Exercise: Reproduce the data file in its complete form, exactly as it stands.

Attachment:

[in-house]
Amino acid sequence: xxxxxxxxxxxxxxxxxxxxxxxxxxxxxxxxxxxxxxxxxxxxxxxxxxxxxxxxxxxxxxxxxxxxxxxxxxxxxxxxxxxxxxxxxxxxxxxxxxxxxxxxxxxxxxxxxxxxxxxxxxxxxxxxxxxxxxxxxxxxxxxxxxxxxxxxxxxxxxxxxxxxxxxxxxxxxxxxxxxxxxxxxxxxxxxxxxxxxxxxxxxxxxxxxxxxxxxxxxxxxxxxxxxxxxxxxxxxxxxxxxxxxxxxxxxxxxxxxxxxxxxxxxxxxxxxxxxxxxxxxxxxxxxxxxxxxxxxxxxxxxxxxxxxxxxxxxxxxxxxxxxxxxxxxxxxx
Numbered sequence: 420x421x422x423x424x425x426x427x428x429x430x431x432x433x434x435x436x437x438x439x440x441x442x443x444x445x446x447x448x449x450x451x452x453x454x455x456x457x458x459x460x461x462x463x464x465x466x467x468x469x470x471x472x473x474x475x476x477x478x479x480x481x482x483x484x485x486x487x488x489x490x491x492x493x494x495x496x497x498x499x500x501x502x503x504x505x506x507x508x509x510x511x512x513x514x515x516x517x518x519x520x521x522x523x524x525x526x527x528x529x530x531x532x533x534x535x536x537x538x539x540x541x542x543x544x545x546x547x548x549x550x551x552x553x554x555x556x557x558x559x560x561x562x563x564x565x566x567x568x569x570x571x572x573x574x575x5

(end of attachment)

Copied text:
[in-house]
Amino acid sequence: xxxxxxxxxxxxxxxxxxxxxxxxxxxxxxxxxxxxxxxxxxxxxxxxxxxxxxxxxxxxxxxxxxxxxxxxxxxxxxxxxxxxxxxxxxxxxxxxxxxxxxxxxxxxxxxxxxxxxxxxxxxxxxxxxxxxxxxxxxxxxxxxxxxxxxxxxxxxxxxxxxxxxxxxxxxxxxxxxxxxxxxxxxxxxxxxxxxxxxxxxxxxxxxxxxxxxxxxxxxxxxxxxxxxxxxxxxxxxxxxxxxxxxxxxxxxxxxxxxxxxxxxxxxxxxxxxxxxxxxxxxxxxxxxxxxxxxxxxxxxxxxxxxxxxxxxxxxxxxxxxxxxxxxxxxxxx
Numbered sequence: 420x421x422x423x424x425x426x427x428x429x430x431x432x433x434x435x436x437x438x439x440x441x442x443x444x445x446x447x448x449x450x451x452x453x454x455x456x457x458x459x460x461x462x463x464x465x466x467x468x469x470x471x472x473x474x475x476x477x478x479x480x481x482x483x484x485x486x487x488x489x490x491x492x493x494x495x496x497x498x499x500x501x502x503x504x505x506x507x508x509x510x511x512x513x514x515x516x517x518x519x520x521x522x523x524x525x526x527x528x529x530x531x532x533x534x535x536x537x538x539x540x541x542x543x544x545x546x547x548x549x550x551x552x553x554x555x556x557x558x559x560x561x562x563x564x565x566x567x568x569x570x571x572x573x574x575x5